Working principle of linear Variable Differential Transformer | Construction & Piezoelectric Transducers

The working principle of linear variable differential transformer LVDT   is a passive inductive transducer and is commonly employed to measure force or weight, pressure, and acceleration LVDT applications, etc. Which depends on the force in terms of the amount and the direction of displacement of an object. 

working principle of the linear variable differential transformer.

Fig. lVDT

Construction

LVDT output voltage formula It consists of one primary p and two secondary windings Working of LVDT S1 and S2 which are placed on either side of the primary mounted on the same magnetic core. The magnetic core is free to move axially inside the coil assembly and the motion being measured is mechanically coupled to it advantages of LVDT. 

The two secondaries S1 and S2 have an equal number of turns but are connected in series opposition so that emf  E1 and E2 induced in them are 180 degrees out of phase with each other and, hence cancel each other out. The primary is energized from a suitable A.C. source  LVDT diagram.

fig. LVDT

Working

  1. when the core is in the center the induced voltage E1 and E2 are equal and opposite. Hence they cancel out and the output voltage Vo is zero.
  2. When the externally applied force moves the core towards coil S2, E2 is increased but E1 is decreased in magnitude though they are still antiphase with each other
  3. The net voltage available is E2-E1 and is in phase with E2
  4. Thus from the above discussion, we find that the magnitude of Vo is a function of the distance moved by the core and its polarity or phase indicates in which direction it has moved
  5. If the core is attached to a moving object, the magnitude of Vo gives the position of that object.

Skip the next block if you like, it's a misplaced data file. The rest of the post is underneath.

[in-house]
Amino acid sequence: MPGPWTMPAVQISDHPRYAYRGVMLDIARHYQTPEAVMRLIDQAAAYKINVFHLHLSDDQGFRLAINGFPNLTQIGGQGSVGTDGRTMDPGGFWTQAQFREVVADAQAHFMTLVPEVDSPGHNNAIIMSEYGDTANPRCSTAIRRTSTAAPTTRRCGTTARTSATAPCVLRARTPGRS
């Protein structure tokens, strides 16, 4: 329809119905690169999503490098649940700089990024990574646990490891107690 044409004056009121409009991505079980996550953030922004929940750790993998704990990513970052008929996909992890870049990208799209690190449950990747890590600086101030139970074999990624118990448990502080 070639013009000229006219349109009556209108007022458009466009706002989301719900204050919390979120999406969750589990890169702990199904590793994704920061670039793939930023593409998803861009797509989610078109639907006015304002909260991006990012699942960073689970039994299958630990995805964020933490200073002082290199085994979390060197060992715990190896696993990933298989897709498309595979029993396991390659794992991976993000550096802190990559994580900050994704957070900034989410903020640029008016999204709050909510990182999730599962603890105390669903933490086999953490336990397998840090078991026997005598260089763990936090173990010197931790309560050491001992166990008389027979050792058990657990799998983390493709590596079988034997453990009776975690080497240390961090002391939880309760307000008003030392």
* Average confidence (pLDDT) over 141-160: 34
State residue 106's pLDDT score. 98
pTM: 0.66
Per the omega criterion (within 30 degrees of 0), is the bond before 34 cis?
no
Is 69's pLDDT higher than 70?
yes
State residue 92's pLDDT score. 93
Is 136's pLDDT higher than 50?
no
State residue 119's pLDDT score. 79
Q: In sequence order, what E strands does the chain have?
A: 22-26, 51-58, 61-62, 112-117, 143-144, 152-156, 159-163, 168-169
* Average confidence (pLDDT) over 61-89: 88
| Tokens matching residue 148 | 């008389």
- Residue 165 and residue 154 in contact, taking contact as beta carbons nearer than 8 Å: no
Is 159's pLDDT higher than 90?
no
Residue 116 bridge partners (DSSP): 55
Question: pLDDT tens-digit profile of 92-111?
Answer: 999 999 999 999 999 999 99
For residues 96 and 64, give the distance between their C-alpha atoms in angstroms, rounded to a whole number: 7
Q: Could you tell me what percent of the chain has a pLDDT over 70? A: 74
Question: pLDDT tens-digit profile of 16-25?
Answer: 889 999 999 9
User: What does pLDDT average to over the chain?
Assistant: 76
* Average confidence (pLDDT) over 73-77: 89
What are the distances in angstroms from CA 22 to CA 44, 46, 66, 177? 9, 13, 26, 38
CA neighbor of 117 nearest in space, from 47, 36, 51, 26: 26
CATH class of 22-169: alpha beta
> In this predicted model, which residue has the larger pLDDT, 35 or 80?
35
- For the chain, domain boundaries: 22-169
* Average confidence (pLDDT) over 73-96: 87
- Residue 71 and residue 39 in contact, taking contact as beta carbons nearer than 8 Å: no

Characteristics of a typical LVDT

  • ¬†Size of¬†lvdt diagram¬†– Diameter-10mm and length-15mm.
  • ¬†Size of the core-Diameter 2.5mm and length 10mm.¬†
  • ¬†Primary winding resistance-120 ohm.
  • ¬†Primary winding inductance- 11.5 mH at the null position.
  • ¬†Maximum input voltage sensitivity- 6 volts.
  • ¬†Linearity range- greater than 5% of full-scale output voltage +-2.5mm.

Advantage

  1. It gives a high output and therefore many times there is no need for intermediate amplification devices.
  2. The transducer possesses a high sensitivity as high as 40 V/mm.
  3. It shows a low hysteresis and hence repeatability is excellent under all conditions.
  4. Most of the LVDT consumes a power of less than 1w.
  5. Less friction and less noise due to the absence of sliding contacts.
  6. These transducers can usually tolerate a high degree of shock and vibration without any adverse effects.
  7. It can operate over a temperature range from -265 degrees to 600 degrees.
  8. It is available in radiation-resistance design for operation in nuclear reactors. 

Disadvantages

  1. These transducers are sensitive to stray magnetic fields but shielding is possible. This is done by providing a magnetic shield with longitudinal slots.
  2. Relatively large displacements are required for appreciable differential output.
  3. The receiving instrument must be selected to operate on A.C. signals or a demodulator network must be used if a D.C. output is required.
  4. Several times, the transducer performance is affected by vibrations.
  5. The dynamic response is limited mechanically by the mass of the core and electrically by the frequency of applied voltage. The frequency of the carrier should be ten times the highest frequency component to be measured.

Applications

  • Measurement of material thickness in hot or slab steel mills.
  • In accelerometer